Source: NASA

March 23, 2015 - News bites...

Mars One announced that due to a delay in paperwork for a large funding deal with a consortium of investors, they won't be in time to finance a follow-up study by Lockheed Martin in preparation for a previously planned unmanned mission to Mars in 2018, delaying it to 2020. This pushes back all the milestone dates by 2 years each, resulting in the planned landing of the first crew to Mars now being in 2027.

The Google Lunar X Prize has been extended from December 31, 2015 to December 31, 2016 given the unprecedented technical and finicial difficulty of the endeavour.

Astrobotic Technology announced that they will be sending their newer rover, Andy, to the moon as their entry for the Google Lunar X Prize in the second half of 2016 instead of the previously planned 2015. Their lander, called Griffin, will also carry under contract X Prize competitor team HAKUTO's twin rovers Moonraker and Tetris. This means that once Astrobotic's lander lands both their own and HAKUTO's rovers on the moon there'll be a Nascar style race to the finish on the lunar surface.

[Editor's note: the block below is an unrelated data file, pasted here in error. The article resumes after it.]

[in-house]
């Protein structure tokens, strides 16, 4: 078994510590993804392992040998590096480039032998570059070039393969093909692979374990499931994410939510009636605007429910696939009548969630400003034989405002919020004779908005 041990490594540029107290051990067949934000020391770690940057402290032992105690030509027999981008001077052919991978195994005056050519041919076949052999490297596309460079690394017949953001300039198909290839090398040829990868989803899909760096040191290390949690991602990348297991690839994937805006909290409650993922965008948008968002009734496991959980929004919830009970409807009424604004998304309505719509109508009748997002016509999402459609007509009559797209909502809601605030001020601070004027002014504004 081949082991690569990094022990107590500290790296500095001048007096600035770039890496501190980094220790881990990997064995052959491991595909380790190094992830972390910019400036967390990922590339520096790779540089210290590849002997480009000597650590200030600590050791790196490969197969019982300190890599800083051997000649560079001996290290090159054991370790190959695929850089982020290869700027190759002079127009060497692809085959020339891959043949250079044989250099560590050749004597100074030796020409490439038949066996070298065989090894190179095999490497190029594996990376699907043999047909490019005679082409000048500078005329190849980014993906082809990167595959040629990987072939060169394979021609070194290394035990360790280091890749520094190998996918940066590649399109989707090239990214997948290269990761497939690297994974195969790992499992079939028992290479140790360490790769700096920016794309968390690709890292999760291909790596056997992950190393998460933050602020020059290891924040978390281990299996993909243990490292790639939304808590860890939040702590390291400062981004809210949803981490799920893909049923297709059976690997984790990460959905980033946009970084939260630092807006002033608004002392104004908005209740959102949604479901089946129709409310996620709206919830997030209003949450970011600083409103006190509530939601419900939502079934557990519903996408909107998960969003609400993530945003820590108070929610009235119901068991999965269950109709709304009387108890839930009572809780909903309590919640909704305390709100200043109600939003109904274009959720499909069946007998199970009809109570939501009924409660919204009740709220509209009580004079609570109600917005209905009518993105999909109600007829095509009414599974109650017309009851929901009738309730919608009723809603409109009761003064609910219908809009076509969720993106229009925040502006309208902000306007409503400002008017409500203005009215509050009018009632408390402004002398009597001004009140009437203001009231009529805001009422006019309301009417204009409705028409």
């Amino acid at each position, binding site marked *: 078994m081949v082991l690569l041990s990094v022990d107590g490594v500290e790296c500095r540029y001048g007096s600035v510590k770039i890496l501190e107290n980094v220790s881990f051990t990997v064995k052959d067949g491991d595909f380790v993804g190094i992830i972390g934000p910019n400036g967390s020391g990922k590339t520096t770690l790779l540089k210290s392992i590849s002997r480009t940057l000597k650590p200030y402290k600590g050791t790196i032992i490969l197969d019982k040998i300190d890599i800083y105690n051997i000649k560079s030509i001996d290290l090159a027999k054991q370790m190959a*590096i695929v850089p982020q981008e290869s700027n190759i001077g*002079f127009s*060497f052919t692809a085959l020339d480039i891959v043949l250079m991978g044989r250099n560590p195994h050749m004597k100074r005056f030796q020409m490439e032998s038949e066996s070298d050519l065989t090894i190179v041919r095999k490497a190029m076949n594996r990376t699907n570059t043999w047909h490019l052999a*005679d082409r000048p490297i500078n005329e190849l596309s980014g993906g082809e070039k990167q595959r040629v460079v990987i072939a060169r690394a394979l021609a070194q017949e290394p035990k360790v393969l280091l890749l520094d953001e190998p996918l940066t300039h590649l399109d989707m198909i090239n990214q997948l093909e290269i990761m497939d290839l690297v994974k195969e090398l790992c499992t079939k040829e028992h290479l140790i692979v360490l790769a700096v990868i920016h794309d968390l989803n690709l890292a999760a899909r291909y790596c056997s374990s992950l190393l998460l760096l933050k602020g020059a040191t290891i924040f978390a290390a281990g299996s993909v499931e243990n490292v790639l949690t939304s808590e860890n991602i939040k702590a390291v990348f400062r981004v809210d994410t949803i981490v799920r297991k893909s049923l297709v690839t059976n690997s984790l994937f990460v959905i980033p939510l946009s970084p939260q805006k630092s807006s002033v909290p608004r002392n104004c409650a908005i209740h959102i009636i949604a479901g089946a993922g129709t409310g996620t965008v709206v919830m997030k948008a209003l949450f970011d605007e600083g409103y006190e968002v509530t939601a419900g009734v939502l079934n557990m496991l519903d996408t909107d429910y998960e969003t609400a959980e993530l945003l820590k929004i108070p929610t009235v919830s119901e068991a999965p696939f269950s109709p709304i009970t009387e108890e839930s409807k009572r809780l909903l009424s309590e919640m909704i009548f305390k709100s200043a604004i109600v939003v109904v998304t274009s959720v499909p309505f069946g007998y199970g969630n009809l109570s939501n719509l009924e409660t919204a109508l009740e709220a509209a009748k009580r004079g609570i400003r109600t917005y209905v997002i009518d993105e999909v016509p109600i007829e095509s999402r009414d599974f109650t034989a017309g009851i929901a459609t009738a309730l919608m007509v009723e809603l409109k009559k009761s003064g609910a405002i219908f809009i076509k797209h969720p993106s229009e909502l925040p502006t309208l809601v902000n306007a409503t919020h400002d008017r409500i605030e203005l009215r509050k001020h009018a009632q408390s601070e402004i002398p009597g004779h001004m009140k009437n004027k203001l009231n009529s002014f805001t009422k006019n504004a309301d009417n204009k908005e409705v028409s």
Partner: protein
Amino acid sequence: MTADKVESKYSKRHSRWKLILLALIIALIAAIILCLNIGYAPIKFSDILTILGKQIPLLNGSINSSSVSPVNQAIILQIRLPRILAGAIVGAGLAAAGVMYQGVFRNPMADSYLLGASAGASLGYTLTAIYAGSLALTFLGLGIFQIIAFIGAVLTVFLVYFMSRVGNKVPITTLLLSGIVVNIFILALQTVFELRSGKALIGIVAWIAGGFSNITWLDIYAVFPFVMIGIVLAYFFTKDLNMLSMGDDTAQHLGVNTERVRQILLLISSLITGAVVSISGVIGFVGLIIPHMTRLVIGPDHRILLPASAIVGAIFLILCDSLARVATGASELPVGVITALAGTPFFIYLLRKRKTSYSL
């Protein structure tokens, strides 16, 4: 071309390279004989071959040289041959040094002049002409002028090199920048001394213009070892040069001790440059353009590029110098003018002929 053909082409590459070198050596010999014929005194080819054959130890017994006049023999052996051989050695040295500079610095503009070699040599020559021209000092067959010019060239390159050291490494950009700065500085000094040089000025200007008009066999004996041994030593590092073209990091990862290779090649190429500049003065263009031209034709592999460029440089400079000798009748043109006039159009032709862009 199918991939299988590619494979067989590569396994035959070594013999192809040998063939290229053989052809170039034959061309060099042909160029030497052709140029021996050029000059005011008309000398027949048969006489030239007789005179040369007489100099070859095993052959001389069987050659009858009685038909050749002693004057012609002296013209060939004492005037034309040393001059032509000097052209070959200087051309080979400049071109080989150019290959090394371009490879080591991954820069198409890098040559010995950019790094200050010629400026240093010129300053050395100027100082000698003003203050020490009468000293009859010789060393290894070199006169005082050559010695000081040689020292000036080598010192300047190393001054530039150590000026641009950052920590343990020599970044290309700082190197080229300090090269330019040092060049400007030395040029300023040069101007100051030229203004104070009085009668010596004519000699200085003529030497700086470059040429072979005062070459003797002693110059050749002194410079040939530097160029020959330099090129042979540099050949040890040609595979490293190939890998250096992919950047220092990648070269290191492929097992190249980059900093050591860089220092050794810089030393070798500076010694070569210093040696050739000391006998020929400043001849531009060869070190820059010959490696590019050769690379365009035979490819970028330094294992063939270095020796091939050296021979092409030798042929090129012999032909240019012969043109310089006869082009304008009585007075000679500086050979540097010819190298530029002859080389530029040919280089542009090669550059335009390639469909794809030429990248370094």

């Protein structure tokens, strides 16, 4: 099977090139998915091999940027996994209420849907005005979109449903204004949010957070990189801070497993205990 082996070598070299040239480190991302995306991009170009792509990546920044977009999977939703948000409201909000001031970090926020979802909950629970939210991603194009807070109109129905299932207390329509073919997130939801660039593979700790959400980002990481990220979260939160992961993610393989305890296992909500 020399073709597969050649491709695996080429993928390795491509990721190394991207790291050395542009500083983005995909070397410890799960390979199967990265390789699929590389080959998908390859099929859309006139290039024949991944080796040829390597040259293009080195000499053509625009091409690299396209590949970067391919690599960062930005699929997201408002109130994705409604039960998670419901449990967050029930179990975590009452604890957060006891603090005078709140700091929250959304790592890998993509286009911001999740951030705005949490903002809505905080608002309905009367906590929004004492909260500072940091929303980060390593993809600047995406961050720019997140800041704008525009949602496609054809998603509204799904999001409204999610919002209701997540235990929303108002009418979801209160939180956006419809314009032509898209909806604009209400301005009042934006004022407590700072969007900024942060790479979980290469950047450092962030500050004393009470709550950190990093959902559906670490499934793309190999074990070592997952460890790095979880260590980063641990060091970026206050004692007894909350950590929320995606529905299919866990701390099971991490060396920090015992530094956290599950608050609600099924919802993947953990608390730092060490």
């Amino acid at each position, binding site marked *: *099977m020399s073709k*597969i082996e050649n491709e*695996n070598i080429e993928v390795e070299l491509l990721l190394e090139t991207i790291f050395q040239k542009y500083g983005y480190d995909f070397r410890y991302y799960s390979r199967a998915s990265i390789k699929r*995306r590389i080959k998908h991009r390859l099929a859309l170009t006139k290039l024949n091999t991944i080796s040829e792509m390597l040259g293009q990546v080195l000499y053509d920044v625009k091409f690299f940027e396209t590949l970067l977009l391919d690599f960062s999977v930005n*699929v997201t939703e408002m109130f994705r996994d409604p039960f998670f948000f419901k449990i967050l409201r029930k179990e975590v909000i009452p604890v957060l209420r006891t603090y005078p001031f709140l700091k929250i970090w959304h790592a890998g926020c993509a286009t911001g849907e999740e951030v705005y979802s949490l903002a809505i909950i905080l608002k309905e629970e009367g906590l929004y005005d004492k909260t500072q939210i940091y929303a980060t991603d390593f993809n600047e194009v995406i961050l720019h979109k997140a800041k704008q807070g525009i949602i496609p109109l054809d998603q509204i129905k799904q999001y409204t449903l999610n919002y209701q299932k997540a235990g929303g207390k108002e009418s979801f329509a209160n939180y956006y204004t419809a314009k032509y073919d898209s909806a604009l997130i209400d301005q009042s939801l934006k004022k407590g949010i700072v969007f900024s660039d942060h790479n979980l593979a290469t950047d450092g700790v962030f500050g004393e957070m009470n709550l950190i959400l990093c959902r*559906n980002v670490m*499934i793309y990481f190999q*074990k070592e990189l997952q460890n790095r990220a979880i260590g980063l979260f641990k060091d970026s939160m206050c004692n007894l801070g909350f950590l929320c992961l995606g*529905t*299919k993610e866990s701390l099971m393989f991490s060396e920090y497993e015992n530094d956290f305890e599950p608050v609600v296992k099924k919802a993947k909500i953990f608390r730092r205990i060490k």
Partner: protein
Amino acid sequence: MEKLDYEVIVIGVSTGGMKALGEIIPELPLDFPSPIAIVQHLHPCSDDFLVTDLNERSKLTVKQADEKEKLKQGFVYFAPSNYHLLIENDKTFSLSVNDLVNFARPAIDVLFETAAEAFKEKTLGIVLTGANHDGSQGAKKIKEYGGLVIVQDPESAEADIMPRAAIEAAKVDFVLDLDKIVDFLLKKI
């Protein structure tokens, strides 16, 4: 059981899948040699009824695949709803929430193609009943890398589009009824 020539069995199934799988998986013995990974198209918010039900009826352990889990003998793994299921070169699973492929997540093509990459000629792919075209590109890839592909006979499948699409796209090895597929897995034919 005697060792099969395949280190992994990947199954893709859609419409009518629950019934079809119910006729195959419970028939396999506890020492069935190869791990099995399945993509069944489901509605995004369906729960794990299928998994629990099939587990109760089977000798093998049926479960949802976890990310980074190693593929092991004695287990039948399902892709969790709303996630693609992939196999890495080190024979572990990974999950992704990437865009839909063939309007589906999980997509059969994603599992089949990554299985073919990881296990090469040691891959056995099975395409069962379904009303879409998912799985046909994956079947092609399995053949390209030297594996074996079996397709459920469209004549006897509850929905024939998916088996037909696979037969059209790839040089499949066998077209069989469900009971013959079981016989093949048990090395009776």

Credit: Astrobotic Technology

November 29, 2014 - News bites...

Elon Musk, CEO of SpaceX, recently tweeted this photo of a landing platform for landing their rockets out to sea for recovery and reuse. In his tweet he said "Autonomous spaceport drone ship. Thrusters repurposed from deep sea oil rigs hold position within 3m [10ft] even in a storm." The platform's surface is 91m x 30m (300ft x 100ft) and wings extend the width to 50m (170ft). In future the platform will have refueling capability added so that the 1st stage rocket can be refueled to fly back to the launch site for reuse.

Image: SpaceX